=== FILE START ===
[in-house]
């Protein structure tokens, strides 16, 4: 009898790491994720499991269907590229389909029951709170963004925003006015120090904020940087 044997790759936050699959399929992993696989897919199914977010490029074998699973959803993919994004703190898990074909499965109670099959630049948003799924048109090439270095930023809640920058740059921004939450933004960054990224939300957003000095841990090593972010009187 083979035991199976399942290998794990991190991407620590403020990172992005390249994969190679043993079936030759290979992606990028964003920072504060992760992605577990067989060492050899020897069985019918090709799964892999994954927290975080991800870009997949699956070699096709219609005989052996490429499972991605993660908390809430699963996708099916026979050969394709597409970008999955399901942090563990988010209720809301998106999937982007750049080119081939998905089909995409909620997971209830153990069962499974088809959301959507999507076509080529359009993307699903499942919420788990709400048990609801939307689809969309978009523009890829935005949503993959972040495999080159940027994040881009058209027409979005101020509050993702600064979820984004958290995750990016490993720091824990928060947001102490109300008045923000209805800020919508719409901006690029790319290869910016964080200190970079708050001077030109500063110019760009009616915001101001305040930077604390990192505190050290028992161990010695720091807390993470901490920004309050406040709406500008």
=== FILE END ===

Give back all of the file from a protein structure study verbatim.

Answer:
[in-house]
């Protein structure tokens, strides 16, 4: 009898790491994720499991269907590229389909029951709170963004925003006015120090904020940087 044997790759936050699959399929992993696989897919199914977010490029074998699973959803993919994004703190898990074909499965109670099959630049948003799924048109090439270095930023809640920058740059921004939450933004960054990224939300957003000095841990090593972010009187 083979035991199976399942290998794990991190991407620590403020990172992005390249994969190679043993079936030759290979992606990028964003920072504060992760992605577990067989060492050899020897069985019918090709799964892999994954927290975080991800870009997949699956070699096709219609005989052996490429499972991605993660908390809430699963996708099916026979050969394709597409970008999955399901942090563990988010209720809301998106999937982007750049080119081939998905089909995409909620997971209830153990069962499974088809959301959507999507076509080529359009993307699903499942919420788990709400048990609801939307689809969309978009523009890829935005949503993959972040495999080159940027994040881009058209027409979005101020509050993702600064979820984004958290995750990016490993720091824990928060947001102490109300008045923000209805800020919508719409901006690029790319290869910016964080200190970079708050001077030109500063110019760009009616915001101001305040930077604390990192505190050290028992161990010695720091807390993470901490920004309050406040709406500008």